Within RTU 16 a NAND gate 81 is coupled at one of its inputs to pin 74 and connected at its output to pin 75. Input multiplex data bus from pin 71 is connected to the D (data) inputs of an edge detector circuit 82, a shutdown circuit 83 and a reset circuit 84 as well as to the D inputs of address latch circuit 91 and data latch circuit 92. Although the nature of the signals on the bus at pin 71 will be described in more detail hereinafter, the signal is a binary signal involving relatively low voltage portions and relatively high voltage portions and most of the circuitry in RTU 16 is concerned with acting in some way upon transitions of the signal in one or the other sense. The low level portions will be hereinafter referred to as LL 0 for logic level 0 and the high level portions will be referred to as LL 1 for logic level 1. The transitions will be referred to as positive going transitions (PGT) marking a change from low to high voltage or negative going transitions (NGT) marking a change from high to low voltage. It will be understood that the stated relative voltage levels, logic values and stated direction of change of voltage levels are merely exemplary and not intended to be limiting.
Edge detector 82 produces at its S2 output an LL 1 pulse upon detection at its D input of an NGT and produces an LL 1 pulse at its S3 output upon detection at its D input of a PGT. The S3 output of detector 82 is connected to one input of AND gate 128. The S2 output of detector 82 is connected to the reset (R) input of a prescaler circuit 86, the R1 input of a timing circuit 87 and to the clock (C) input of a bit pointer circuit 90. The clock output pin 75 is connected to the C inputs of each of prescaler circuit 86, sync (synchronization) detector 85, reset circuit 84 and shutdown circuit 83. The S1 output of shutdown circuit 83 is connected as the second input of NAND gate 81 and to the R2 input of reset circuit 84. The S5 output from reset circuit 84, which is a general reset signal, is connected to a second input of AND gate 128, to the R input of timing circuit 87 and to the R input of bit pointer circuit 90. The output from AND gate 128, labeled S6, is connected to the R input of sync detector 85. The S7 output from reset circuit 84 is connected to the enable (E) input of sync detector 85. Output S10 of sync detector 85 is connected to the D input of prescaler 86, the large arrow indicating a multiconductor connection.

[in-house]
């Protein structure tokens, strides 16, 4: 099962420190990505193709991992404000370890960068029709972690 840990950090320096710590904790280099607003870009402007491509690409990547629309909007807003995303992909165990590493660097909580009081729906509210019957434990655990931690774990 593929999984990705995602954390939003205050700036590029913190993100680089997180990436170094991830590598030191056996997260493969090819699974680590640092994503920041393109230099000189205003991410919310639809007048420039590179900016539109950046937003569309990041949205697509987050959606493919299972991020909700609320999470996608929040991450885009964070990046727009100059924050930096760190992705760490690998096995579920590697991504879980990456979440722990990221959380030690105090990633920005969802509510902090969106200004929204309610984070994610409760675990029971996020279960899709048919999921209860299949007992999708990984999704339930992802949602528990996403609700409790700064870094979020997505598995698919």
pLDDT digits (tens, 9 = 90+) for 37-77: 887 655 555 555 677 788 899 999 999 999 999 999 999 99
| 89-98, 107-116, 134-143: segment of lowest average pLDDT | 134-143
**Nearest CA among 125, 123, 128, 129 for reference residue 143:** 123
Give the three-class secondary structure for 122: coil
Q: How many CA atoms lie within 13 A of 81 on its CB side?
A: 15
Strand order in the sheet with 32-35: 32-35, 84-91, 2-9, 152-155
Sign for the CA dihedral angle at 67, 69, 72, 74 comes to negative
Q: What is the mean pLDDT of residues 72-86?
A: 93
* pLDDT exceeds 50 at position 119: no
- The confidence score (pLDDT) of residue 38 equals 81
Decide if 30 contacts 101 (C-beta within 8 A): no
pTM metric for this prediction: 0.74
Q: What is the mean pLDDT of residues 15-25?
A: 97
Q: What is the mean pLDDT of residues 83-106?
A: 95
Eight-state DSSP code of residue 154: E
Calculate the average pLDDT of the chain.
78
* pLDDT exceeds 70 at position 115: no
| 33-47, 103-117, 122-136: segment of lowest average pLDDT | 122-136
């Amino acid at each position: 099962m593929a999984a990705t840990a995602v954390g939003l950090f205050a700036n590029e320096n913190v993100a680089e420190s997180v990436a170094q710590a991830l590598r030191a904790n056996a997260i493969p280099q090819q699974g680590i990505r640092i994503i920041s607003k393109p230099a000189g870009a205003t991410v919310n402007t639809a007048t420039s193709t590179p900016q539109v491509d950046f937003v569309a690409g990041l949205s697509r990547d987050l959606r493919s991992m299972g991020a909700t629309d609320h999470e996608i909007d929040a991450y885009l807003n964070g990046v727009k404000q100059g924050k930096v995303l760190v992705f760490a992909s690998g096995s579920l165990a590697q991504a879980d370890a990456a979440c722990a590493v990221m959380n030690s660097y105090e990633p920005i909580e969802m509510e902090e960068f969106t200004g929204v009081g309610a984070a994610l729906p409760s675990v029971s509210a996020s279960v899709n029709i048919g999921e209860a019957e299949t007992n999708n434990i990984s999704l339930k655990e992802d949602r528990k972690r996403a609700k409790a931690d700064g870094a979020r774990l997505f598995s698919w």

OR gate 88 produces a default signal at its output S8 which is connected to the R1 input of reset circuit 84. OR gate 88 receives inputs from the S9 output of sync detector 85, the S13 output of bit pointer 90, the S14 output from address latch 91, and a timing output T60 from timing circuit 87.